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UN scales up financial and other support for Libya and Morocco

Two very different disasters in Libya and Morocco, which share the immense pain of the victims’ families, continue to intensify UN relief efforts, the Organisation’s top aid official Martin Griffiths said on Friday.

He called for solidarity with the people of the two countries and spoke of the pain of people who have been searching for their loved ones for days on end to no avail. In Libya, “some have lost 50 or more family members”, he said. Asked whether the UN was “ready” when disaster struck, Griffiths answered “unequivocally, yes.”

He said the UN dispatched a 15-member Disaster Assessment and Coordination (UNDAC) team from Geneva on Friday within 24 hours of the earthquake, with key staff from the region. The team is now travelling to Libya to help coordinate the humanitarian response to the floods. Griffiths insisted:

“If you don’t have coordination, there’s chaos. And that loses lives.”

The UN relief coordinator says the earthquake has killed about 3,000 people in Morocco. He notes that the first figures are already “quite shocking” and are likely to be updated as rescuers work to find victims under the rubble.

The UN humanitarian chief noted that the initial phase of the search for survivors and identification of the dead was over and the authorities were engaged in providing assistance to the survivors – shelter, food and medicines.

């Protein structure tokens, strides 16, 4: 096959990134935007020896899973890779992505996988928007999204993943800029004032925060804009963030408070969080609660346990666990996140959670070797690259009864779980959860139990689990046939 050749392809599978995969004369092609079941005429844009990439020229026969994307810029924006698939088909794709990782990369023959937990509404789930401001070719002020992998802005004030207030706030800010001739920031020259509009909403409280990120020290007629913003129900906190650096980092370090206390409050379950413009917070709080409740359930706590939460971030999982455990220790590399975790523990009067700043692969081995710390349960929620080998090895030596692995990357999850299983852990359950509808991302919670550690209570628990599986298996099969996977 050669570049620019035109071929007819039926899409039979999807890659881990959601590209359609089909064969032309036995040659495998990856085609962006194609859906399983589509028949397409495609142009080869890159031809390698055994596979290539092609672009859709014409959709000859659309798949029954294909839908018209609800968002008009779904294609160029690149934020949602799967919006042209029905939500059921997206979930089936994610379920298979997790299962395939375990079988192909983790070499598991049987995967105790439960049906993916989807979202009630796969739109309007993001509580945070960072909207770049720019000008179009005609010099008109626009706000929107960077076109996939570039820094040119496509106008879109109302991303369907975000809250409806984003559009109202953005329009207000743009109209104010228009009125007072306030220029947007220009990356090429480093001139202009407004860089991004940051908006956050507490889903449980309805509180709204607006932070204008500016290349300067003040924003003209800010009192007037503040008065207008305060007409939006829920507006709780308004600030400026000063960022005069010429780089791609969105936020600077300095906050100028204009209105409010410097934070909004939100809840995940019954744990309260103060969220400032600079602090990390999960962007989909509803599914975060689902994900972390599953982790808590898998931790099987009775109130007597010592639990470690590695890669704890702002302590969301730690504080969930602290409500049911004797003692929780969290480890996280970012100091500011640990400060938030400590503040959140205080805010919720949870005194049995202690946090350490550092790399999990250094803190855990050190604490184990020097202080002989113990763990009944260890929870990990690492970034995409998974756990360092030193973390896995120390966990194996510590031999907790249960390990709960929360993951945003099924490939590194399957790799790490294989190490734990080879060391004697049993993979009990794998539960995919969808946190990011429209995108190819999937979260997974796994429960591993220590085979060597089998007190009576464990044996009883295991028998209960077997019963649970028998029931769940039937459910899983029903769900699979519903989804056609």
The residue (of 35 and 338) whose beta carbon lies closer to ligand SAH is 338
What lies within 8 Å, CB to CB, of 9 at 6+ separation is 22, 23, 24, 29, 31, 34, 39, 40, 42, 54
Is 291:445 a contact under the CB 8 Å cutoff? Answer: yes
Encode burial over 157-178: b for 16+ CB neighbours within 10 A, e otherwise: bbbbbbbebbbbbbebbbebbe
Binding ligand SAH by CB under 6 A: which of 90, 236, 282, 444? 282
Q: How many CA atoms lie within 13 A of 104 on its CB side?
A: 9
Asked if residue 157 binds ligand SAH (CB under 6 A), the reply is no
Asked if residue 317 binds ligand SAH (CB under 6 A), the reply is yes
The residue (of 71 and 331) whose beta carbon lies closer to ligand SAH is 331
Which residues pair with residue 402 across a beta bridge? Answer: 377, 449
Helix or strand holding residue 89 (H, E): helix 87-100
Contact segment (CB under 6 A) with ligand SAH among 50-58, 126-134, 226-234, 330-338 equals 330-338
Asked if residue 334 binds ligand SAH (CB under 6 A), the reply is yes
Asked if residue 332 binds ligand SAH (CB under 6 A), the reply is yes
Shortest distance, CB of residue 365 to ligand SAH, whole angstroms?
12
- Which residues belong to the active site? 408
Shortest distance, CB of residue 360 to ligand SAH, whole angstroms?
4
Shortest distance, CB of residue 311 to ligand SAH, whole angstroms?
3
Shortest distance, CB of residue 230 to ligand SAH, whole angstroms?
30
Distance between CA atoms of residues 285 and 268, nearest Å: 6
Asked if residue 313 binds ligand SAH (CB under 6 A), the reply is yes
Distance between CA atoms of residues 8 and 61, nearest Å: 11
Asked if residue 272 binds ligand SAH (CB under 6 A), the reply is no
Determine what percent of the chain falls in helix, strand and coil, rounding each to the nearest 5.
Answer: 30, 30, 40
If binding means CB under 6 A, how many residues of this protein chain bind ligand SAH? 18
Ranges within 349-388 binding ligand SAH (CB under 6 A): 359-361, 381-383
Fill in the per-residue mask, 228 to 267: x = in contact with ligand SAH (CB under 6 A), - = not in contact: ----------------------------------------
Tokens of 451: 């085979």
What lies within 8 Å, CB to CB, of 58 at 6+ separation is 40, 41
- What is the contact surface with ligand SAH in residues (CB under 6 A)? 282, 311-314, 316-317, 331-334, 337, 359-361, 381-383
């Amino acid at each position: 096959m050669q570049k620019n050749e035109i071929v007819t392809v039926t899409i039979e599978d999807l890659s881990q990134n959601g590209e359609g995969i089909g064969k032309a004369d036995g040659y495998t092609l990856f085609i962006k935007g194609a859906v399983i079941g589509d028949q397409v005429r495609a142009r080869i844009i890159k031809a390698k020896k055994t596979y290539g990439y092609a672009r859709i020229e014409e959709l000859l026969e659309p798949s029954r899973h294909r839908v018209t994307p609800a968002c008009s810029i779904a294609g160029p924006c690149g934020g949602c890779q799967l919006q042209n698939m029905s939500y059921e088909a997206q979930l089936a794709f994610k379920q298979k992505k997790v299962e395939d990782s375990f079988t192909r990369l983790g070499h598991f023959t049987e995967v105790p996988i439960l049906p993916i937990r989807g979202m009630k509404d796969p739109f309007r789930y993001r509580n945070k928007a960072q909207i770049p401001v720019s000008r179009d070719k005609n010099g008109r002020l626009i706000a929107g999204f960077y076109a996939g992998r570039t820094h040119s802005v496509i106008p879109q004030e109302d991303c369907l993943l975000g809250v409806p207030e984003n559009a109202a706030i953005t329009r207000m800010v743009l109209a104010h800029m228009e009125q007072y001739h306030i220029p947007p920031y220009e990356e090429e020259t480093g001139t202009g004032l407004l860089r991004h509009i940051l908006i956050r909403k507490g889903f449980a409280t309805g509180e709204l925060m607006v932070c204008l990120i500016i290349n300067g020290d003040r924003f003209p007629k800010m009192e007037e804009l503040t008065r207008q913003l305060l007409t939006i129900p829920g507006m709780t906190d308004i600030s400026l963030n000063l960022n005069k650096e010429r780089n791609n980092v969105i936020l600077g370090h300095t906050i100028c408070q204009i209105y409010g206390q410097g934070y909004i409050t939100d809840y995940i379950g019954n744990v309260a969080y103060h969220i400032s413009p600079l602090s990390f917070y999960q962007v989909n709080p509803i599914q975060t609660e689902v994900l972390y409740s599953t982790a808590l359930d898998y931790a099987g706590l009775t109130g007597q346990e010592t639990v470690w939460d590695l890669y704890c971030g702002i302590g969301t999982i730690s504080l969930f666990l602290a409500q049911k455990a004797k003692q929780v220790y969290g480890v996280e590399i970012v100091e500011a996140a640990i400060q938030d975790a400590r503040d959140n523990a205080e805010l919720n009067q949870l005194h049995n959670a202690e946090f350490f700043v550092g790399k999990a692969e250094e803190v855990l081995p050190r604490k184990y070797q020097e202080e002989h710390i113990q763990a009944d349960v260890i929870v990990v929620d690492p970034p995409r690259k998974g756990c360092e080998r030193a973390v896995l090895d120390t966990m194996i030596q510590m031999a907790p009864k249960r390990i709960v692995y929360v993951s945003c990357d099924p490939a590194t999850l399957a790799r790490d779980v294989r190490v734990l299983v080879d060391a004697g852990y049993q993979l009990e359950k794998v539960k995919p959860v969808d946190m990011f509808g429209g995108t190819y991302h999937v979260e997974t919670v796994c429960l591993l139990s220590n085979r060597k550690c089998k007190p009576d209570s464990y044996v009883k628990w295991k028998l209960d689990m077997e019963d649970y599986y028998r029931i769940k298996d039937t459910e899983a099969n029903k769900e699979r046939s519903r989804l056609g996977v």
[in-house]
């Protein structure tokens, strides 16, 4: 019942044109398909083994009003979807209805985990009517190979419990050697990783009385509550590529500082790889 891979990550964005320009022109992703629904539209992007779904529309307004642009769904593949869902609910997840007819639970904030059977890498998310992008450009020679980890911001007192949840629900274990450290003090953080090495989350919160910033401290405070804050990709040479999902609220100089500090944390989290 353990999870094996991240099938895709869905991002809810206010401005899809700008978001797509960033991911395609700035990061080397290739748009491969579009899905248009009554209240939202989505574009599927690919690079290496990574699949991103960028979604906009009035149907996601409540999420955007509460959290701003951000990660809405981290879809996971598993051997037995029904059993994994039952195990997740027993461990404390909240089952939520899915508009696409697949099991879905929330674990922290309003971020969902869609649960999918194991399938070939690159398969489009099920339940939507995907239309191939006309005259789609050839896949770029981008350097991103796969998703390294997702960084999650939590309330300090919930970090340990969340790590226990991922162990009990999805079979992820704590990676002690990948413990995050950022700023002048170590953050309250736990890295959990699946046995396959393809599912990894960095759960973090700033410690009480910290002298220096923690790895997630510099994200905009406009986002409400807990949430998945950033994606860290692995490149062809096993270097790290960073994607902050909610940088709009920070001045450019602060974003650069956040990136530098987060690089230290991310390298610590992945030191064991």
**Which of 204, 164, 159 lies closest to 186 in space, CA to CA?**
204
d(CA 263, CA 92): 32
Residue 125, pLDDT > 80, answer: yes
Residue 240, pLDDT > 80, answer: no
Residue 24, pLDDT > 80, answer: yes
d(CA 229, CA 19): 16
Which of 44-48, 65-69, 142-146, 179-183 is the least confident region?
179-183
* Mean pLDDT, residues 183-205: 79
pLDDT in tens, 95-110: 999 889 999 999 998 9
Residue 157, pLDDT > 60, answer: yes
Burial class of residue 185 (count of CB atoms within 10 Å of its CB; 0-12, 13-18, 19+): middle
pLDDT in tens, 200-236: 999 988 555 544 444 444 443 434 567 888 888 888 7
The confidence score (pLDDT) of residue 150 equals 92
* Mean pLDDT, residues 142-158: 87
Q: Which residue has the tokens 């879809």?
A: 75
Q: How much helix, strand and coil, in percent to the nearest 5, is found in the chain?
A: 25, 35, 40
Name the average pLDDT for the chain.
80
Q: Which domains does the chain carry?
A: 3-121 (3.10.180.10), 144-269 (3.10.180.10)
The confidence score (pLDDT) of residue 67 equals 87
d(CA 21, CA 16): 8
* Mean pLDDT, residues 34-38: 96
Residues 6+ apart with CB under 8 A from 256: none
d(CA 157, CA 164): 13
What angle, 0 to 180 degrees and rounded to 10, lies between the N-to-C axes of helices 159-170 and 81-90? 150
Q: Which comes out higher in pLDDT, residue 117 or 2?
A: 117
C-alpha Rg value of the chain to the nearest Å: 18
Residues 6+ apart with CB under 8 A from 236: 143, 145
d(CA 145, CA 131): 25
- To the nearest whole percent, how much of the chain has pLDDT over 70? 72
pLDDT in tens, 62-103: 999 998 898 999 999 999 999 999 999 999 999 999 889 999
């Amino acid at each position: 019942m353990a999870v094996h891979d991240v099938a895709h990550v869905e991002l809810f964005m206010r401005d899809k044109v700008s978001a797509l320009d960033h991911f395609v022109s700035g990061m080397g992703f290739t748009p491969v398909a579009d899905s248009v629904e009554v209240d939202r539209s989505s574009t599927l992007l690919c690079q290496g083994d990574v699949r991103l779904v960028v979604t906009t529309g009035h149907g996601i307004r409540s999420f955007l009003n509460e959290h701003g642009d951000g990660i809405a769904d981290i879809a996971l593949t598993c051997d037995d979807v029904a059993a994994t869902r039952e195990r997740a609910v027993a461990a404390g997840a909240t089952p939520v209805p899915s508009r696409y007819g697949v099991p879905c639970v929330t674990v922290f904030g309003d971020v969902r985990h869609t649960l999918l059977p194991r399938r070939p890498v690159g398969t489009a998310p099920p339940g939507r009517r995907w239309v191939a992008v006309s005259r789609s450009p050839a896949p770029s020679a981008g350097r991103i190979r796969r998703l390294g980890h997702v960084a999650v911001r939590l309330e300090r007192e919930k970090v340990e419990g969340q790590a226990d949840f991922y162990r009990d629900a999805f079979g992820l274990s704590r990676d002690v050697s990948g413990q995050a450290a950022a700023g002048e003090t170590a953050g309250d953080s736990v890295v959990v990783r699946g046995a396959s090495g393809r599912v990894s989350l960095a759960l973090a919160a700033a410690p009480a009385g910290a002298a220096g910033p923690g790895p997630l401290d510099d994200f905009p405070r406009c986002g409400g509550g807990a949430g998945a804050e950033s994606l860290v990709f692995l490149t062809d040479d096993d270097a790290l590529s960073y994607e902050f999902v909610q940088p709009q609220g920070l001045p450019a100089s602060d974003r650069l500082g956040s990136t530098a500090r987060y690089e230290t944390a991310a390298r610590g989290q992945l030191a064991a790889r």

Late last week, about 20,000 people died as a result of severe flooding caused by Storm Daniel. The epicentre of the tragedy is located in Derna; access remains difficult there.

The UN relief chief said that 900,000 people in the country had been affected, “on top of a situation where 300,000 people in Libya already needed humanitarian aid”.

Griffiths said there were significant challenges on the ground in the Libya disaster response. Those included coordinating with the internationally recognised Government and the de facto authorities in the east, discovering the “full extent” of the disaster, as floods and torrents have destroyed buildings and sludge was still concealing the “level of death and need”, as well as “getting the right aid to the right people at the right time”. He said:

“That’s why coordination is so important. It’s not a bureaucratic issue, it’s a prioritisation issue. Helping key humanitarian agencies to do the job they do so well.”

On Thursday, the UN launched a flash appeal for Libya just over US$71 million targeting 250,000 people for the next three months.

Griffiths underlined the most urgent needs in Libya: equipment to find people in the sludge and the damaged buildings, shelter, food, clean water and sanitation, as well as key primary medical care, as the threat of cholera looms large. He stressed that in Libya, “climate and capacity have collided to cause this terrible tragedy”. He said:

“We face a really difficult year ahead and government capacities will be stretched to the limit in both these countries.”

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